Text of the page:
Van Dyke made his Broadway debut as a featured player in the short-lived musical revue The Girls Against the Boys. With music by Richard Lewine and Albert Hague and sketches and lyrics by Arnold B. Horwitt, the show premiered Nov. 2, 1959, at the Alvin Theatre. Nancy Walker and Bert Lahr headed a cast that included Annie lyricist Martin Charnin.
Critics appreciated the talented array of performers but felt the show itself was unremarkable. The New York Times' Lewis Funke, who called Van Dyke an "amiable performer," claimed that without Walker and Lahr the "entertainment at the Alvin would be somewhat tedious going, indeed." The production closed after 16 performances.
The following year, Van Dyke starred opposite Chita Rivera in the Charles Strouse-Lee Adams-Michael Stewart musical Bye Bye Birdie. The Tony-winning production opened at the Martin Beck Theatre April 14, 1960.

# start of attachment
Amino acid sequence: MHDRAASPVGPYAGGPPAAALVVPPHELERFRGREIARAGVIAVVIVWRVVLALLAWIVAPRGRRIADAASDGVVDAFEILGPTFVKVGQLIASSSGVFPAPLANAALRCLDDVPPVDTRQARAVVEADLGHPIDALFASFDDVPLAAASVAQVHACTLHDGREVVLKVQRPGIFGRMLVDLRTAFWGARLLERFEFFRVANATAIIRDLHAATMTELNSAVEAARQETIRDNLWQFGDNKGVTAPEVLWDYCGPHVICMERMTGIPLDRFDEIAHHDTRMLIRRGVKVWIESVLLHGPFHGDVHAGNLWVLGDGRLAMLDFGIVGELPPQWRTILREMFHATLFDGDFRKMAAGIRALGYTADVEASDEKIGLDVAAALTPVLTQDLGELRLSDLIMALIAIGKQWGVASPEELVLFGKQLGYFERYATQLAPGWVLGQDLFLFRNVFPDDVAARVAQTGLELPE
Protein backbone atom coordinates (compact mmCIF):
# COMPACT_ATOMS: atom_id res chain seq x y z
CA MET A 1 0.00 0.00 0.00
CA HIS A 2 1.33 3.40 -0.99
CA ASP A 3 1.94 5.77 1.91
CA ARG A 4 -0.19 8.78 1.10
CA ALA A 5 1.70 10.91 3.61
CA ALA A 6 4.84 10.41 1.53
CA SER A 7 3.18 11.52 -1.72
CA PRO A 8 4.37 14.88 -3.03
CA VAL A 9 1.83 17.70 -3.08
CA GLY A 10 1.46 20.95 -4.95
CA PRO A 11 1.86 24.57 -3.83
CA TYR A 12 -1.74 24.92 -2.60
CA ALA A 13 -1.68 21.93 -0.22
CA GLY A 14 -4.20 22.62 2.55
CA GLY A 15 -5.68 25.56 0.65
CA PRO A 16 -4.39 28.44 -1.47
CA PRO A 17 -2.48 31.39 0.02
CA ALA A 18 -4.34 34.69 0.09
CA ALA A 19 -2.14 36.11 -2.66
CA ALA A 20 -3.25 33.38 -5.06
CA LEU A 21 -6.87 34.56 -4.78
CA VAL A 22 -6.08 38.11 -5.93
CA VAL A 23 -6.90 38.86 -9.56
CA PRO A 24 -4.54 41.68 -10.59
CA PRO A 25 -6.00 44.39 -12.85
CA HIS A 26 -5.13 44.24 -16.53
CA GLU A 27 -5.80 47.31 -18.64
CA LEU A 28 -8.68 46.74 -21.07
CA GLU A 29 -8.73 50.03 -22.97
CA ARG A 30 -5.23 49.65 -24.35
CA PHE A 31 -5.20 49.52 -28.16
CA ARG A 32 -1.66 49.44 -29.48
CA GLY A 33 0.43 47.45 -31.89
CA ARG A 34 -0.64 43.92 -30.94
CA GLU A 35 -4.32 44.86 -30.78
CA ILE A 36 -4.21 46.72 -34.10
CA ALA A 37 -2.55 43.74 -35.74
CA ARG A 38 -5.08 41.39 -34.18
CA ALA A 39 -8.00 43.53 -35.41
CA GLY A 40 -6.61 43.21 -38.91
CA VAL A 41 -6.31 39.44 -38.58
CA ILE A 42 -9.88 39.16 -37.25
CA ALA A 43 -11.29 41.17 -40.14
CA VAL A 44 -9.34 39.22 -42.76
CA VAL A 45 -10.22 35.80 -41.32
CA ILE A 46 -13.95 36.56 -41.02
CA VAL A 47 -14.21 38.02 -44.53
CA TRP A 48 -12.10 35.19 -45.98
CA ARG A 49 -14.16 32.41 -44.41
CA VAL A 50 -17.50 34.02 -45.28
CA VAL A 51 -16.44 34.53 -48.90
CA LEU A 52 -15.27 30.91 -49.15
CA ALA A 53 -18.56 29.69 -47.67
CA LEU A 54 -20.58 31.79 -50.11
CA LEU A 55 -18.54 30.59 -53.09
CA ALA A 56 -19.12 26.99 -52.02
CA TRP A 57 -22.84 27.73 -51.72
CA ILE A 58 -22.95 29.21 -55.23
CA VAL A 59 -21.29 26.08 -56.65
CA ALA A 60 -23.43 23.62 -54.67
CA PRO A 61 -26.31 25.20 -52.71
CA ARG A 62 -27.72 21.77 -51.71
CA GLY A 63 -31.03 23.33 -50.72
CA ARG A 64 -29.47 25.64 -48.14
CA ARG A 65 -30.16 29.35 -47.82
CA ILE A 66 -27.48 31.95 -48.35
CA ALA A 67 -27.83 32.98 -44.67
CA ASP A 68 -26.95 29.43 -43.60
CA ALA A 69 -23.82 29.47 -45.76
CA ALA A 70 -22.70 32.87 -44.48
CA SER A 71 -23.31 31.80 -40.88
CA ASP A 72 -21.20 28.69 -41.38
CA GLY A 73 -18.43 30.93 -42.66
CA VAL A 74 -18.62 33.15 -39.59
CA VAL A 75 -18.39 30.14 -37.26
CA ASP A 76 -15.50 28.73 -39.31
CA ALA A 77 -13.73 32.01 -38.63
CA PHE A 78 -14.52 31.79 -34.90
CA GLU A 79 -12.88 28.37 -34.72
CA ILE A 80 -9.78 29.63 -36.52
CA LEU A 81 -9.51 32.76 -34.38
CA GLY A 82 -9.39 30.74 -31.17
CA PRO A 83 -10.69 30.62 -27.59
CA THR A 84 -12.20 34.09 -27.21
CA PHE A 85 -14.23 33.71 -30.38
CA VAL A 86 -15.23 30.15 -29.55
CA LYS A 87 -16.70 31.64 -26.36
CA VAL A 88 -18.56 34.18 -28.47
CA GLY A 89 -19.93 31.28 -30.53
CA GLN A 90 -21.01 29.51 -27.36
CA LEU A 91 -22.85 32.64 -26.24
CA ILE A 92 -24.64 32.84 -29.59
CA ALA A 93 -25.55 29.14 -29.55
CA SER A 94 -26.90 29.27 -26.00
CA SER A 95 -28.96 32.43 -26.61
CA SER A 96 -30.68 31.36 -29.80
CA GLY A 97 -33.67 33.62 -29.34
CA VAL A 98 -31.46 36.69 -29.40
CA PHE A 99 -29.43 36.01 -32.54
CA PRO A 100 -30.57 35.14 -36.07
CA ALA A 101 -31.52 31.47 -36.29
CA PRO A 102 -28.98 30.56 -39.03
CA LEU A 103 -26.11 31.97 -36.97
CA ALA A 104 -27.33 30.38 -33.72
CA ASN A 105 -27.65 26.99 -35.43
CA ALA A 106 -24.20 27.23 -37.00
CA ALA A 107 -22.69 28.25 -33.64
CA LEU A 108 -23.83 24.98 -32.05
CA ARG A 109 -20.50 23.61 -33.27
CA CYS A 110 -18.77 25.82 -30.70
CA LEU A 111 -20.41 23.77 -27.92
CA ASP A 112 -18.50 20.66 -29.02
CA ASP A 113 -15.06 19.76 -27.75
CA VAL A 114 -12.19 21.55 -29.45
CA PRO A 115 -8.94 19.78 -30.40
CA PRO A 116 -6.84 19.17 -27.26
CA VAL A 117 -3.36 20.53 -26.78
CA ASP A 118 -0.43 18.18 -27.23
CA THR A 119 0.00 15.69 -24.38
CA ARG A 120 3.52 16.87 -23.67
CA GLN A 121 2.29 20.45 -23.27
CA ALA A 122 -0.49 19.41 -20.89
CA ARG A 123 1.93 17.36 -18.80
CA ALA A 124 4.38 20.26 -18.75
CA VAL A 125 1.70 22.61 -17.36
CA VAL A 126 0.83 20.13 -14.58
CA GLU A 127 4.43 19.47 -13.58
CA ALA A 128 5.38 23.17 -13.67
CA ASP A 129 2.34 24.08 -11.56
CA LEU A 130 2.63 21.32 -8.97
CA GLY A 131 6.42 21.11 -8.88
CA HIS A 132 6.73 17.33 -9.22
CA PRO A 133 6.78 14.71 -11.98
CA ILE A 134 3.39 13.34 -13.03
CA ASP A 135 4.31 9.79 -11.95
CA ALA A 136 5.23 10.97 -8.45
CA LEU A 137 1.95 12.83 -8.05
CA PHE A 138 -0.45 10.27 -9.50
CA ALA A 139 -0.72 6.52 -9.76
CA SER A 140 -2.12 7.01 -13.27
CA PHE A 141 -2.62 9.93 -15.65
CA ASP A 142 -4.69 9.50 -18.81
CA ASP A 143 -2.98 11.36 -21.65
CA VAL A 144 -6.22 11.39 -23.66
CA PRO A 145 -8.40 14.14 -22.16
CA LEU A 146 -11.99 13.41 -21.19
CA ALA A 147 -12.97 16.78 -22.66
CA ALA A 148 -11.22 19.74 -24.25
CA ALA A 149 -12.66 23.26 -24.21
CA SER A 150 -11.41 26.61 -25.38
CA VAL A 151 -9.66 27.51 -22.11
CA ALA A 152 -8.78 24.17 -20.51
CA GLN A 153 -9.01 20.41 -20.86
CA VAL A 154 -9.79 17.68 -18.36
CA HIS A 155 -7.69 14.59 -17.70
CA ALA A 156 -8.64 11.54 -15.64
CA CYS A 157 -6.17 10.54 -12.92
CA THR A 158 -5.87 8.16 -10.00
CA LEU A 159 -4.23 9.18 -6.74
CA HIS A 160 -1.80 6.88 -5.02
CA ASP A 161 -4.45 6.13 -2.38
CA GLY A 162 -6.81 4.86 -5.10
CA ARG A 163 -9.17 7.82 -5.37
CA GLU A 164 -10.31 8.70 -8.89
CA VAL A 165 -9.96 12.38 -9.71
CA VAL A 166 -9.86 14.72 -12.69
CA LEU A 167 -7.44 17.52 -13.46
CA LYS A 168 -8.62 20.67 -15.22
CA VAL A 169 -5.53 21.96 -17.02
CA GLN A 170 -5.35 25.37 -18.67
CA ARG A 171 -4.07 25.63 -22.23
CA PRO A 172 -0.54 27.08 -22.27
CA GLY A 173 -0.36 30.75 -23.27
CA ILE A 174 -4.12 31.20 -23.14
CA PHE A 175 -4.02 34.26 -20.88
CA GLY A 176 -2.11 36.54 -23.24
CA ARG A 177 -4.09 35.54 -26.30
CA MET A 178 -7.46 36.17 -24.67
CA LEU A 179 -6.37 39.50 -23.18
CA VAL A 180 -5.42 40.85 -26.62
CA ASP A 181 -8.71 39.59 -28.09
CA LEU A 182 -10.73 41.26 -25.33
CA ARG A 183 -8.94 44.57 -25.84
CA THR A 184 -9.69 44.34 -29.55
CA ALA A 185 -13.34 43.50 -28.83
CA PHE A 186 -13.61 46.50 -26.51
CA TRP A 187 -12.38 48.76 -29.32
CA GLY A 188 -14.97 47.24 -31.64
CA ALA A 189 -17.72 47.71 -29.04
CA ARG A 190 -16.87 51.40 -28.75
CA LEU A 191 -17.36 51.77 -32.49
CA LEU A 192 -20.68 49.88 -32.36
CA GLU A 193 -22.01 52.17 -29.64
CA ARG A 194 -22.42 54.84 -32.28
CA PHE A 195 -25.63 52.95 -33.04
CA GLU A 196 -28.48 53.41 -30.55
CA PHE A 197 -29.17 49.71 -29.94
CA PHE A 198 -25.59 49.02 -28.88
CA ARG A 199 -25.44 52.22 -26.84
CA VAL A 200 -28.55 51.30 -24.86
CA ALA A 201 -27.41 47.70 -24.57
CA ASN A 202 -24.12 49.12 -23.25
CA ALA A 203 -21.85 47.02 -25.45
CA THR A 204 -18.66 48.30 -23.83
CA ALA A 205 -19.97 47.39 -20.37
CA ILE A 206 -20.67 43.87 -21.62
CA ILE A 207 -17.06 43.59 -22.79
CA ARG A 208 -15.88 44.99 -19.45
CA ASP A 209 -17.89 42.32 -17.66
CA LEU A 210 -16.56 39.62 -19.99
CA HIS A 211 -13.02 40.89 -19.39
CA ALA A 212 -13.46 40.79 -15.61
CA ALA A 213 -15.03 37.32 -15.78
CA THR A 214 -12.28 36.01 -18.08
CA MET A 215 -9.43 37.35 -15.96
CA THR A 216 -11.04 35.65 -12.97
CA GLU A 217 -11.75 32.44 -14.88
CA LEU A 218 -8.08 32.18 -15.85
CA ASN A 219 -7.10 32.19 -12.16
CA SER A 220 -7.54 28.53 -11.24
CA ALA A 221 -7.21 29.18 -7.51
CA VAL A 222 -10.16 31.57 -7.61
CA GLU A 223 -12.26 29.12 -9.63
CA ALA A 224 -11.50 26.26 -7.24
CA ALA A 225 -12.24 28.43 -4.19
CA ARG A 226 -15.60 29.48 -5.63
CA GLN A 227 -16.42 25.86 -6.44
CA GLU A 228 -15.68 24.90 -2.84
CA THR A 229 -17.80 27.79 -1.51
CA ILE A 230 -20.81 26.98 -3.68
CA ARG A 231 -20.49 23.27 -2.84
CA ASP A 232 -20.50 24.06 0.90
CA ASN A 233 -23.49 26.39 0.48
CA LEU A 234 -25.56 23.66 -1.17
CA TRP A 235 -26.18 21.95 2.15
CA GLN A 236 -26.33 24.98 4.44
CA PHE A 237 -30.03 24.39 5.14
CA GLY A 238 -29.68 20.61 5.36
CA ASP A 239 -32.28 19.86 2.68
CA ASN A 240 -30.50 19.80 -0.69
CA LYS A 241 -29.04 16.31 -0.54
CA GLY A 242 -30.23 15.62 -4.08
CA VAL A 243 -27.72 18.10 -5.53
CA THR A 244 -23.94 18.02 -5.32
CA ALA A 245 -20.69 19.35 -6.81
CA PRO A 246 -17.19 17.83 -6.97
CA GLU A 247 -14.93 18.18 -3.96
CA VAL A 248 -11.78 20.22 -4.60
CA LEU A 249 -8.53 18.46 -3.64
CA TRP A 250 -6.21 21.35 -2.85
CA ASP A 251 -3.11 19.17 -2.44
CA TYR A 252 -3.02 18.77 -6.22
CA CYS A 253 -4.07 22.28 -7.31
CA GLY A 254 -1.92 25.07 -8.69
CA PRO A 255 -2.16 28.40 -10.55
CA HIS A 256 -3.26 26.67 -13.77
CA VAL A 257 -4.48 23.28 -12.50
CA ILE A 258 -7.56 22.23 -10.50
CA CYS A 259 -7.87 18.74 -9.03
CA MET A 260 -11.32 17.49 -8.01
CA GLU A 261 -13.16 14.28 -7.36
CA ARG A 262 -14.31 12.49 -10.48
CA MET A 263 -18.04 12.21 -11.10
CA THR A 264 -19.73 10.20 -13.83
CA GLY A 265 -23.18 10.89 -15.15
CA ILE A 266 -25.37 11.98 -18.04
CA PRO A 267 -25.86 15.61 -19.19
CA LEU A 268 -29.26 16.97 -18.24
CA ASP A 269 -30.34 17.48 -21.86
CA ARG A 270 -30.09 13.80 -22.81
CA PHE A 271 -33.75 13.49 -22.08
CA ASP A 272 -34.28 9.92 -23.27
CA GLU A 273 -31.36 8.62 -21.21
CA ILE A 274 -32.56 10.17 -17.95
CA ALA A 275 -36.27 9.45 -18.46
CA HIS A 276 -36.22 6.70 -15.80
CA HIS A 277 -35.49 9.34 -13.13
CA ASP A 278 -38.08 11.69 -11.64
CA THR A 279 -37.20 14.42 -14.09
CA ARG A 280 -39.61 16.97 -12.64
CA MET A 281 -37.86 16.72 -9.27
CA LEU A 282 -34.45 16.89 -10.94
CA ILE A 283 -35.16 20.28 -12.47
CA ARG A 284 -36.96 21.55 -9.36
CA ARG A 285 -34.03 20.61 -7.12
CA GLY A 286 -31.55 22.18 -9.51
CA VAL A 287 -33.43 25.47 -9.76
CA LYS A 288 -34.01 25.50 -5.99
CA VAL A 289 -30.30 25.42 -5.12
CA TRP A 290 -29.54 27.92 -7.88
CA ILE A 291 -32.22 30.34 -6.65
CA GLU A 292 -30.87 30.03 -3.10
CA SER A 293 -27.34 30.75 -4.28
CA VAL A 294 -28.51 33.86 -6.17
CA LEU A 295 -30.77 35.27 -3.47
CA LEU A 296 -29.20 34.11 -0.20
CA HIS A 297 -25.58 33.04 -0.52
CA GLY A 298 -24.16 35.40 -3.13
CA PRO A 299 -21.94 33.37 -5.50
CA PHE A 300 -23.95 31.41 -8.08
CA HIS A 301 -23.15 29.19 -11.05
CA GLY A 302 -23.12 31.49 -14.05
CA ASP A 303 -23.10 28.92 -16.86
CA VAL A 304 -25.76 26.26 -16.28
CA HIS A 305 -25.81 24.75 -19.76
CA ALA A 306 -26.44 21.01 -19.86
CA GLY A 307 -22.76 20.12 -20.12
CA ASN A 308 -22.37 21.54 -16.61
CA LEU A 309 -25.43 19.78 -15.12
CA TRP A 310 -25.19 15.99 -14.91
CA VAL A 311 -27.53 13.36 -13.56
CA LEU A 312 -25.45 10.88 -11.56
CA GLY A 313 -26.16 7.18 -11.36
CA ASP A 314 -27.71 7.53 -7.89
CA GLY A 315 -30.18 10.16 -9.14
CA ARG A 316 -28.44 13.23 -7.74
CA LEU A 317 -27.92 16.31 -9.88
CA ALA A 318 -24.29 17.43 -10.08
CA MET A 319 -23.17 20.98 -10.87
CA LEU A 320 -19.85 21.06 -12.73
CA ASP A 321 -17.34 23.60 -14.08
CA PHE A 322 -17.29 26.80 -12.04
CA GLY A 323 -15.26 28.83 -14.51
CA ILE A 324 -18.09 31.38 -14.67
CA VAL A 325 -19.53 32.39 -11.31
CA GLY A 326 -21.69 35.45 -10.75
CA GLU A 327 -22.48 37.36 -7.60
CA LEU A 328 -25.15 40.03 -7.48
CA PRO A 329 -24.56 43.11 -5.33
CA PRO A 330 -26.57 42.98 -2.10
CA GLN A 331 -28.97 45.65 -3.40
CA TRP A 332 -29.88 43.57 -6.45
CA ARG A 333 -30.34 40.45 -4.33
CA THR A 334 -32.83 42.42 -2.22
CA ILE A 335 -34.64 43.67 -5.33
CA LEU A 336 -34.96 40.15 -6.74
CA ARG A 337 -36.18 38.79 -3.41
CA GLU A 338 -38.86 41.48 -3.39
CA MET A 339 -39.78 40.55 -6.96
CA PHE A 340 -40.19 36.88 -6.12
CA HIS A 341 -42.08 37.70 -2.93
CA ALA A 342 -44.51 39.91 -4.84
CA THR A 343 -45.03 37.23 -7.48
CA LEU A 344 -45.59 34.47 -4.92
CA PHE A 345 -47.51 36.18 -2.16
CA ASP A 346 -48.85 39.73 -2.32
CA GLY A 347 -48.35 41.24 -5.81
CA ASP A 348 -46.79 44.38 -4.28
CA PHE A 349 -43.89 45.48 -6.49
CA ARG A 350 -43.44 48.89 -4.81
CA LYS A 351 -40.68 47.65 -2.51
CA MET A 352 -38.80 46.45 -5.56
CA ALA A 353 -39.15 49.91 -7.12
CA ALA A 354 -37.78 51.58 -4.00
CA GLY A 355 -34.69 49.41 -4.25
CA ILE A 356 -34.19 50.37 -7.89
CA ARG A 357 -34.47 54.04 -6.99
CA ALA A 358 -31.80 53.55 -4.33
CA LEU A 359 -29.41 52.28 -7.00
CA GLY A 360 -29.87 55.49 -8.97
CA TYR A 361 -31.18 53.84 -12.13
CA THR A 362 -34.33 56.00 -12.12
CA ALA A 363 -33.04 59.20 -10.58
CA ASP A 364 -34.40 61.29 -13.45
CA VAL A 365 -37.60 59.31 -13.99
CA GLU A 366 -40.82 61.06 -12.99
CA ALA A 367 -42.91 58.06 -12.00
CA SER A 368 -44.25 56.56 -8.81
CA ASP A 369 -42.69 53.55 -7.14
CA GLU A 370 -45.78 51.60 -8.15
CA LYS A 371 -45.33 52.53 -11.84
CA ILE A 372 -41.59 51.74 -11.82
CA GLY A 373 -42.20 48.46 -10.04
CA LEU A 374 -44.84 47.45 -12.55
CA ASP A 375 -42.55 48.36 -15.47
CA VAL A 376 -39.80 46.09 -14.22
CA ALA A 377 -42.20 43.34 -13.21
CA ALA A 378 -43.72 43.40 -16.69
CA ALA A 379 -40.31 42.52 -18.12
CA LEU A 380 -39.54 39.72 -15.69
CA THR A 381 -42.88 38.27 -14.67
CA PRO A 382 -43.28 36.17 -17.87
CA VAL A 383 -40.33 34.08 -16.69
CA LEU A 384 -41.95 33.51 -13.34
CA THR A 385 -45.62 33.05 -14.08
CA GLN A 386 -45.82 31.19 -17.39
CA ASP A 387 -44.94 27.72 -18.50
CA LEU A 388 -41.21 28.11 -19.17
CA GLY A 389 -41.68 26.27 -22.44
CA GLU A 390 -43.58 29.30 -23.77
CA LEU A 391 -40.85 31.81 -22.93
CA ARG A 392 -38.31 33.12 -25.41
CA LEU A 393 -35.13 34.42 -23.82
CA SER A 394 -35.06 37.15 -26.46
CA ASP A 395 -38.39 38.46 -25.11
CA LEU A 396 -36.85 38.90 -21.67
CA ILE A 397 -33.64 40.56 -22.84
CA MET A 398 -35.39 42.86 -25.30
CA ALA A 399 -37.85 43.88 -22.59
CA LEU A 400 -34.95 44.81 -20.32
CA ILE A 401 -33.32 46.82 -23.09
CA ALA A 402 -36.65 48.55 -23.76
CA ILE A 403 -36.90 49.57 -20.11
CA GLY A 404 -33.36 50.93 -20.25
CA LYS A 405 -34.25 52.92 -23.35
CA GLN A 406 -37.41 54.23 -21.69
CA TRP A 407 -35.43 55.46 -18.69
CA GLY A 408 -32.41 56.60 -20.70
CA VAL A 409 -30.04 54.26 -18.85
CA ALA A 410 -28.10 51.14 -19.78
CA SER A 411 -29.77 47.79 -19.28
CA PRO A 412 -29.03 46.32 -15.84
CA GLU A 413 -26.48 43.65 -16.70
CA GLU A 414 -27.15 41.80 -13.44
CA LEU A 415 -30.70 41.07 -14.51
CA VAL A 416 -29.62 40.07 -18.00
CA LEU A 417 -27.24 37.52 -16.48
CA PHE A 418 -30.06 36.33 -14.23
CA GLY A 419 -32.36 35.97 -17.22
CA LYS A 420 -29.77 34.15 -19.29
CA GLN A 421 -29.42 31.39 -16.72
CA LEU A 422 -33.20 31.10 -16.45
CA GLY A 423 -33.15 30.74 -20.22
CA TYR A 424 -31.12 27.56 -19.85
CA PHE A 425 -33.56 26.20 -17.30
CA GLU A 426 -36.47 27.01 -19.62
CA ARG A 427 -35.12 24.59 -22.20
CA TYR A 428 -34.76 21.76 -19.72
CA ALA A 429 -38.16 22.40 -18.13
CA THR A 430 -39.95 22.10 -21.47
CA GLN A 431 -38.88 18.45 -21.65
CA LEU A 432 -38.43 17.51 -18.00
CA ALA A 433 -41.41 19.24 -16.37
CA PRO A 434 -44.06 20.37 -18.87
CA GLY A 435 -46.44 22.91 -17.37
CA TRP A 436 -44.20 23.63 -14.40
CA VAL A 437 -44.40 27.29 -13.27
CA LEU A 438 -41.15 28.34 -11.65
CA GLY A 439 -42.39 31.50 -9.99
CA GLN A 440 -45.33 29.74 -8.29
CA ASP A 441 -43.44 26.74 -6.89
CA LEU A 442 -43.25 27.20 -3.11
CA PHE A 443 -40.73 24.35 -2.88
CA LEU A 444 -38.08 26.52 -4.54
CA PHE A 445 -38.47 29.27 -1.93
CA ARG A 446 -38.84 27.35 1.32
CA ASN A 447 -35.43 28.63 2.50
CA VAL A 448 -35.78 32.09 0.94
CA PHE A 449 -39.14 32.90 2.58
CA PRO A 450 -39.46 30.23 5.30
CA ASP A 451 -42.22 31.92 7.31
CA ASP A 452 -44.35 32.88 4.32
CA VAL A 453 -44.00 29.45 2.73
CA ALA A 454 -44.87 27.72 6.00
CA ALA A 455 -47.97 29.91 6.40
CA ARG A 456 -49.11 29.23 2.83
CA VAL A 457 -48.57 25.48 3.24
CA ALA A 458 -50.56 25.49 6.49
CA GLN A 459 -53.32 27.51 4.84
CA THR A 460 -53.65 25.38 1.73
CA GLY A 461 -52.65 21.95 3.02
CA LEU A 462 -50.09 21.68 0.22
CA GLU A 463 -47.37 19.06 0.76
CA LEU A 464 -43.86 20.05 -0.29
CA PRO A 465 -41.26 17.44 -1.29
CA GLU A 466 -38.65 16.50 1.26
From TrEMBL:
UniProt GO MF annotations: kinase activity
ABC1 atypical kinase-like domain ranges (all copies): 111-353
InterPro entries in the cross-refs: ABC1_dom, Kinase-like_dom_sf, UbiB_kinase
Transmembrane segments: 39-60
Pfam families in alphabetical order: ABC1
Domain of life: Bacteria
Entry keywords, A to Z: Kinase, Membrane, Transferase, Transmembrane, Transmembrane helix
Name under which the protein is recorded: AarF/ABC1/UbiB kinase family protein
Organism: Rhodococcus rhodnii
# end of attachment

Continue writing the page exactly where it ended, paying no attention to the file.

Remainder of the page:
For his breakout performance as Albert Peterson, Van Dyke received the 1961 Tony Award for Best Featured Actor in a Musical. He would later reprise his Broadway role in the 1963 film adaptation starring Maureen Stapleton and Janet Leigh.
In 1980 Van Dyke returned to Broadway in a revival of Meredith Willson's popular musical The Music Man. He played con man Harold Hill in a cast that included Meg Bussert as librarian Marian Paroo and Christian Slater as Winthrop.
Directed and choreographed by Michael Kidd, the production opened June 5, 1980. The critical response was that Van Dyke was good — too good, in fact, to play a crook like Harold Hill.
"He's a nimble performer," wrote Walter Kerr in his New York Times review, "but he's a straight shooter, honest from the word go, virtue spilling out of every pocket, innocence written all over him where sly graffiti should be. He's simply — and only — nice." The revival closed after 21 performances at City Center.
In 2006 Van Dyke made his final (so far) Broadway appearance as a special guest star in the stage autobiography Chita Rivera: The Dancer's Life. He joined his former Bye Bye Birdie co-star Chita Rivera for four performances at the Gerald Schoenfeld Theatre.